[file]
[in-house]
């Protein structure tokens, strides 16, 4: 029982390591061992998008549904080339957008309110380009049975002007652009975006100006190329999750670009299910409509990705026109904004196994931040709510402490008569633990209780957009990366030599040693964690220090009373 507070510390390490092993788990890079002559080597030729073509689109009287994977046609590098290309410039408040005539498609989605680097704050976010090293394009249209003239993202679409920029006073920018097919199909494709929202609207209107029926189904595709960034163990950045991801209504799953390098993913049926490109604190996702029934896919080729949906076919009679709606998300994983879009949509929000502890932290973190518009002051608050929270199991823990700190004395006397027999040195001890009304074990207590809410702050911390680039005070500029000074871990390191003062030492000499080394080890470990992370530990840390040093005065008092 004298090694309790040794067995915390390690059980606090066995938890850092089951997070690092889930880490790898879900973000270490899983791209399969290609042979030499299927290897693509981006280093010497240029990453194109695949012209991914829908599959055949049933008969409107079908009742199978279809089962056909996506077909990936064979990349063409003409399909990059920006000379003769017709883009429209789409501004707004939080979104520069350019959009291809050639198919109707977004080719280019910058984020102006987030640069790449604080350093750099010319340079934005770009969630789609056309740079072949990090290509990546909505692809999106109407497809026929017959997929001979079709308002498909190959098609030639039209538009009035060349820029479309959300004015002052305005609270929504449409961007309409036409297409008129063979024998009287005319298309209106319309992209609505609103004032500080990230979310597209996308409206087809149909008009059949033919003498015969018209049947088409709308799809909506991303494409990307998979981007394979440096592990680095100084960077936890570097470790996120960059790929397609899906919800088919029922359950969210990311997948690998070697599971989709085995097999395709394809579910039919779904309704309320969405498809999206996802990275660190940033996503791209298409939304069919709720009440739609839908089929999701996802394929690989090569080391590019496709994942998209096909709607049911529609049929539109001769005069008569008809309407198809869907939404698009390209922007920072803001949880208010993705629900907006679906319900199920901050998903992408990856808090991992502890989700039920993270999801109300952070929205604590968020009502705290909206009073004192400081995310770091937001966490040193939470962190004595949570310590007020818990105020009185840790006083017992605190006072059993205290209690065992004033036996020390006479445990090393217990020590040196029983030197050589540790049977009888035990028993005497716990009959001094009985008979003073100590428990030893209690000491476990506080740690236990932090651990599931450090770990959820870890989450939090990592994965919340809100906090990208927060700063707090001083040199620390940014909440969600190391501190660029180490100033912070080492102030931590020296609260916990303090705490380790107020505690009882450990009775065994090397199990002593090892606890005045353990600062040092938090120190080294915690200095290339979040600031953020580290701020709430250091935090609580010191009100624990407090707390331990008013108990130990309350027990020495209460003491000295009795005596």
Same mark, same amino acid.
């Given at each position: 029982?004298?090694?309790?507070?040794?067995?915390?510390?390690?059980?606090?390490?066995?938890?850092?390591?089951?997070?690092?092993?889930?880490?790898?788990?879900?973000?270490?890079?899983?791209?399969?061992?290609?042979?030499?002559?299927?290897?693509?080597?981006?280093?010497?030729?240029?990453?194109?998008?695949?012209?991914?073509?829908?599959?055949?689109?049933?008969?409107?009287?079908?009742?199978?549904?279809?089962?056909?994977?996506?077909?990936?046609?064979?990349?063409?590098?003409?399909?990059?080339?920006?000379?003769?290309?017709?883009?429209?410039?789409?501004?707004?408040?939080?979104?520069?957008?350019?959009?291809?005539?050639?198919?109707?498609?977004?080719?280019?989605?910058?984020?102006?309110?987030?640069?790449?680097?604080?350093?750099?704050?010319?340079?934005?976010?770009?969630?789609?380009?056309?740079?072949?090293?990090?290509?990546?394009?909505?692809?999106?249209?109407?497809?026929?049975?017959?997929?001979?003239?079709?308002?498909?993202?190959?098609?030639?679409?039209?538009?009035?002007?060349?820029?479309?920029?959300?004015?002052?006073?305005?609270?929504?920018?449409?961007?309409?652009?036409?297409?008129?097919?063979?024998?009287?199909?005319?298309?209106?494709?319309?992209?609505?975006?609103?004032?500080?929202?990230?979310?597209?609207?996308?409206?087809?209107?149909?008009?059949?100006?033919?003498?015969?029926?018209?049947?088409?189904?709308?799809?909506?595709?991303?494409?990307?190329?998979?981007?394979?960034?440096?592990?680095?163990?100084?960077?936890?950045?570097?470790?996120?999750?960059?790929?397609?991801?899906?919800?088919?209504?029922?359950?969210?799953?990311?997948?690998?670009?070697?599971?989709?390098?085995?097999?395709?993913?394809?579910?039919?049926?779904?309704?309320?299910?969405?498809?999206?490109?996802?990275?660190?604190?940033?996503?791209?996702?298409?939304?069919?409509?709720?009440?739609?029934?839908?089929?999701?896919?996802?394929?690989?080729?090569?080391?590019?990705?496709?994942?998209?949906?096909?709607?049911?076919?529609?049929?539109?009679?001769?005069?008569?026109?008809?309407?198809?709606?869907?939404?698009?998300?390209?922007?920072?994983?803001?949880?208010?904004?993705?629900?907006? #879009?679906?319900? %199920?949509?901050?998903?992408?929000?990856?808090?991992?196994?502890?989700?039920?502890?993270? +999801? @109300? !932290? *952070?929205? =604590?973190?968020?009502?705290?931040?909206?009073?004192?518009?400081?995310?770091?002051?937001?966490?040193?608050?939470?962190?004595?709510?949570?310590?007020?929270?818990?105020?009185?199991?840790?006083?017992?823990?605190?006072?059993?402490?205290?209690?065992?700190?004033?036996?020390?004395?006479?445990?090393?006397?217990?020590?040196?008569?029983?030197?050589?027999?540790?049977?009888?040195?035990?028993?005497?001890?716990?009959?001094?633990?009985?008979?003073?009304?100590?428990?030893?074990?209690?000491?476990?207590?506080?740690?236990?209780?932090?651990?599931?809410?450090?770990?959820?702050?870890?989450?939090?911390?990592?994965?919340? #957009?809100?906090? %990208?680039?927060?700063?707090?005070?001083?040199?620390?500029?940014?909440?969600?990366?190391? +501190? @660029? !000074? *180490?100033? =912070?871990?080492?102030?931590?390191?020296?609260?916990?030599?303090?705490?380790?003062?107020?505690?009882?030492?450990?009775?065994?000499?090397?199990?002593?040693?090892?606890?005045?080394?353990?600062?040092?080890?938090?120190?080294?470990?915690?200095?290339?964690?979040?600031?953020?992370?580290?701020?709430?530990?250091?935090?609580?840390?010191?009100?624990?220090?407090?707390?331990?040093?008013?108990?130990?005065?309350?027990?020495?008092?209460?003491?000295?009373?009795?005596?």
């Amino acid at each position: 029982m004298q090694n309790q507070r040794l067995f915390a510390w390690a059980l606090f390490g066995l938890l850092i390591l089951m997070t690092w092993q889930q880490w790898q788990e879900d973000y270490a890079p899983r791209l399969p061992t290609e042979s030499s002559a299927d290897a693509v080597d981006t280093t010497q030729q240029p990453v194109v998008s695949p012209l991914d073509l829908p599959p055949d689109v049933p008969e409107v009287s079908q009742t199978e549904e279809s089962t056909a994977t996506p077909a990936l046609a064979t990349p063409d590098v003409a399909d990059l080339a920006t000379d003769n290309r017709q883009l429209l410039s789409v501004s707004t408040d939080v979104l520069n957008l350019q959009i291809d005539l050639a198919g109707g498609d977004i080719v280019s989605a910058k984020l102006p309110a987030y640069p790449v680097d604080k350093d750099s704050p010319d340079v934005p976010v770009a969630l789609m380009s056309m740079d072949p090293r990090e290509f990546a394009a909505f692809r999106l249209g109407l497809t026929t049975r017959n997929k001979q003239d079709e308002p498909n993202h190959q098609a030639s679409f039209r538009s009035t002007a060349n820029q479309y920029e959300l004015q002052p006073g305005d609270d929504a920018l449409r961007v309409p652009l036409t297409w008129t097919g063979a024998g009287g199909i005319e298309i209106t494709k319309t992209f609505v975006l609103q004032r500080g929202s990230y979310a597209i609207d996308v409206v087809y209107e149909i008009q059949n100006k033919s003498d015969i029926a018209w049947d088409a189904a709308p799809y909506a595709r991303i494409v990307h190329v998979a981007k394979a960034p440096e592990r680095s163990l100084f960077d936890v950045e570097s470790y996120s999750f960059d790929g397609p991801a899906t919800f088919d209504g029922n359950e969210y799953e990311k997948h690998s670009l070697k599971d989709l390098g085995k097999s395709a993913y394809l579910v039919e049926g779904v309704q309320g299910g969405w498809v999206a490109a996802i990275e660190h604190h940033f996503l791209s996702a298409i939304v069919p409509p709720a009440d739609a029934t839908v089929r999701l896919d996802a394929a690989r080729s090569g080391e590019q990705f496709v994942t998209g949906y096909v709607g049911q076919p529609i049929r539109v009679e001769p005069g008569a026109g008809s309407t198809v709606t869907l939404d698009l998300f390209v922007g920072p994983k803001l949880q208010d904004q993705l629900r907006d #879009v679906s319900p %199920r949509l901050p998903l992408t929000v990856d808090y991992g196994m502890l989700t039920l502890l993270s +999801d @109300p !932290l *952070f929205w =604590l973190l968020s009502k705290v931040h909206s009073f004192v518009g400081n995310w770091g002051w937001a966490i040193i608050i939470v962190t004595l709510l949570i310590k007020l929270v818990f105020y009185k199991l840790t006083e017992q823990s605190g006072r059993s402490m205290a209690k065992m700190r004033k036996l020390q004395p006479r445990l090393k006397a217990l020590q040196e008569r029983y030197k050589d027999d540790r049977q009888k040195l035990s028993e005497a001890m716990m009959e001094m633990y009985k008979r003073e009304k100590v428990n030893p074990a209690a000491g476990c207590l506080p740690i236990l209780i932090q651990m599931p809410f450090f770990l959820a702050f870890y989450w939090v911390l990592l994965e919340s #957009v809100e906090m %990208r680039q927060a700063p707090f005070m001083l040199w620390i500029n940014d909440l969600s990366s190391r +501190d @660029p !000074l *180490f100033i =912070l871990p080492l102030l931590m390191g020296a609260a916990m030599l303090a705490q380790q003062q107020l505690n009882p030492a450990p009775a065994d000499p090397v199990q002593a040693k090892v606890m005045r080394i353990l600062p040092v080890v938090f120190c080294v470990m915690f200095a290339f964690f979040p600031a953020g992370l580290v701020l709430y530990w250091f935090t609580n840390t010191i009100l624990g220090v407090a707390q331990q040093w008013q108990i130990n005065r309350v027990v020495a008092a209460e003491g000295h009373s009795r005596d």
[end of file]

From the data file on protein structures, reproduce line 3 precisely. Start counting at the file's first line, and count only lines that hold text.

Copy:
Same mark, same amino acid.